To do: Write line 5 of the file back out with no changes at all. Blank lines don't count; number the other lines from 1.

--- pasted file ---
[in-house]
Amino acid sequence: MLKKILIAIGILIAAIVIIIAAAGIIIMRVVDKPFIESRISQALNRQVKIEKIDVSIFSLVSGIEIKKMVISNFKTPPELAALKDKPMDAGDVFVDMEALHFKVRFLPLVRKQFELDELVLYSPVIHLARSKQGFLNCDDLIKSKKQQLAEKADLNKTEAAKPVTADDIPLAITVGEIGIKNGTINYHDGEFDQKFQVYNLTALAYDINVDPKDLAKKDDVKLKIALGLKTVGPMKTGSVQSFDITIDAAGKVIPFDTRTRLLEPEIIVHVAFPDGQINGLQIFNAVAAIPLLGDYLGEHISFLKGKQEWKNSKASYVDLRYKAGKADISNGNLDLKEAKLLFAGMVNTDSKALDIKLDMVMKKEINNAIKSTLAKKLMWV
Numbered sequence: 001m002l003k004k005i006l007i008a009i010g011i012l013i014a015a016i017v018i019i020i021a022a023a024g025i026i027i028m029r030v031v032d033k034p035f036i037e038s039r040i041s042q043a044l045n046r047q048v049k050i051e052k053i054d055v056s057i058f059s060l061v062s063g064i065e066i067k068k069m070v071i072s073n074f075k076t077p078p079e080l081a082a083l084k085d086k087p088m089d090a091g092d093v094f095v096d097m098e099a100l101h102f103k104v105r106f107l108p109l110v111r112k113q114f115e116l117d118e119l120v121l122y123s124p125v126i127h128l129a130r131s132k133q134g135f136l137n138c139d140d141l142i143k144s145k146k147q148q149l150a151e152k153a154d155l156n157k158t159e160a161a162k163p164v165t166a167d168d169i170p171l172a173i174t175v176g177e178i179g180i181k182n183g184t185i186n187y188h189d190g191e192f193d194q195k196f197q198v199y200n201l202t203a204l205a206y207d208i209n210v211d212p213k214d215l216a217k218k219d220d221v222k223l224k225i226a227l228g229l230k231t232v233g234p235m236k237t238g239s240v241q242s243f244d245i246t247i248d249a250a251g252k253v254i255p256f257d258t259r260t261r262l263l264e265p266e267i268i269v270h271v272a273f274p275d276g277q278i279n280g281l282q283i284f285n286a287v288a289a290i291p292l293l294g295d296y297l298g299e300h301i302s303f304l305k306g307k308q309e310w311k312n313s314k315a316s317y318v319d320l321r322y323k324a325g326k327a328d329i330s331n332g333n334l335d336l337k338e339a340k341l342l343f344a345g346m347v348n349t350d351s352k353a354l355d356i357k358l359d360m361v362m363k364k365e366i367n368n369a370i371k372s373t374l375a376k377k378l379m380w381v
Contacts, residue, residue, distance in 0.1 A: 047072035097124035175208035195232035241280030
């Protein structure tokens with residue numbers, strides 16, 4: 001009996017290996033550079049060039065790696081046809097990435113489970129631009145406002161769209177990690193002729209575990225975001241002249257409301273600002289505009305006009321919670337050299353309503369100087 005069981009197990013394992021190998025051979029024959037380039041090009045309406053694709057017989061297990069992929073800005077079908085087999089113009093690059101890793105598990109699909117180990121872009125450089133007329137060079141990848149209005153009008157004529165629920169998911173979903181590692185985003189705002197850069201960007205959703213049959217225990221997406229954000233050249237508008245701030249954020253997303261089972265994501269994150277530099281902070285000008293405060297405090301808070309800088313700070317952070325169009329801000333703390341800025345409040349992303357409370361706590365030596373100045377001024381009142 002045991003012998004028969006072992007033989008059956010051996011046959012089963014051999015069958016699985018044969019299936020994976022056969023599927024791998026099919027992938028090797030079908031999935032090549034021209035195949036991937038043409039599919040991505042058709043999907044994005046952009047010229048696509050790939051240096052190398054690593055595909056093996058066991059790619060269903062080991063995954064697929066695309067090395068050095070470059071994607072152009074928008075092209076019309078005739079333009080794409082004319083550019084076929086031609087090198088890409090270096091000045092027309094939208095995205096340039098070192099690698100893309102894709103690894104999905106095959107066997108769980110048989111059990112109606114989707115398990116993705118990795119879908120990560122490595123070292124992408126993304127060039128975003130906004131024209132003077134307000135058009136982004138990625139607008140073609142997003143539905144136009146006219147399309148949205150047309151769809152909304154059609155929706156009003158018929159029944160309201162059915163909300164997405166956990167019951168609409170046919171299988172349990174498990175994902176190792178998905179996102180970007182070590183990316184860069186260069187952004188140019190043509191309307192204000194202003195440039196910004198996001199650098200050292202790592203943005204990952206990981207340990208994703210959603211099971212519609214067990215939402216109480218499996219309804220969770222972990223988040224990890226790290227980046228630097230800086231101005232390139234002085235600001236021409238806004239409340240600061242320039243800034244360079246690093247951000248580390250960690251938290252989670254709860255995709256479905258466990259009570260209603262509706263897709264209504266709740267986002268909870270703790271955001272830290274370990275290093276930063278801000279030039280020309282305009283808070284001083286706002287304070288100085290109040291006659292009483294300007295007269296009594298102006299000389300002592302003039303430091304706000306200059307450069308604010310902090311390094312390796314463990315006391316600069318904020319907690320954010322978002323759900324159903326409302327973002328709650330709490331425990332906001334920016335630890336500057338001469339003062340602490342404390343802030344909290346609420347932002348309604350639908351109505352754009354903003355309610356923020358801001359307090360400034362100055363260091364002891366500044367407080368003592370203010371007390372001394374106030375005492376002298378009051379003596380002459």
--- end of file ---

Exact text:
């Protein structure tokens with residue numbers, strides 16, 4: 001009996017290996033550079049060039065790696081046809097990435113489970129631009145406002161769209177990690193002729209575990225975001241002249257409301273600002289505009305006009321919670337050299353309503369100087 005069981009197990013394992021190998025051979029024959037380039041090009045309406053694709057017989061297990069992929073800005077079908085087999089113009093690059101890793105598990109699909117180990121872009125450089133007329137060079141990848149209005153009008157004529165629920169998911173979903181590692185985003189705002197850069201960007205959703213049959217225990221997406229954000233050249237508008245701030249954020253997303261089972265994501269994150277530099281902070285000008293405060297405090301808070309800088313700070317952070325169009329801000333703390341800025345409040349992303357409370361706590365030596373100045377001024381009142 002045991003012998004028969006072992007033989008059956010051996011046959012089963014051999015069958016699985018044969019299936020994976022056969023599927024791998026099919027992938028090797030079908031999935032090549034021209035195949036991937038043409039599919040991505042058709043999907044994005046952009047010229048696509050790939051240096052190398054690593055595909056093996058066991059790619060269903062080991063995954064697929066695309067090395068050095070470059071994607072152009074928008075092209076019309078005739079333009080794409082004319083550019084076929086031609087090198088890409090270096091000045092027309094939208095995205096340039098070192099690698100893309102894709103690894104999905106095959107066997108769980110048989111059990112109606114989707115398990116993705118990795119879908120990560122490595123070292124992408126993304127060039128975003130906004131024209132003077134307000135058009136982004138990625139607008140073609142997003143539905144136009146006219147399309148949205150047309151769809152909304154059609155929706156009003158018929159029944160309201162059915163909300164997405166956990167019951168609409170046919171299988172349990174498990175994902176190792178998905179996102180970007182070590183990316184860069186260069187952004188140019190043509191309307192204000194202003195440039196910004198996001199650098200050292202790592203943005204990952206990981207340990208994703210959603211099971212519609214067990215939402216109480218499996219309804220969770222972990223988040224990890226790290227980046228630097230800086231101005232390139234002085235600001236021409238806004239409340240600061242320039243800034244360079246690093247951000248580390250960690251938290252989670254709860255995709256479905258466990259009570260209603262509706263897709264209504266709740267986002268909870270703790271955001272830290274370990275290093276930063278801000279030039280020309282305009283808070284001083286706002287304070288100085290109040291006659292009483294300007295007269296009594298102006299000389300002592302003039303430091304706000306200059307450069308604010310902090311390094312390796314463990315006391316600069318904020319907690320954010322978002323759900324159903326409302327973002328709650330709490331425990332906001334920016335630890336500057338001469339003062340602490342404390343802030344909290346609420347932002348309604350639908351109505352754009354903003355309610356923020358801001359307090360400034362100055363260091364002891366500044367407080368003592370203010371007390372001394374106030375005492376002298378009051379003596380002459």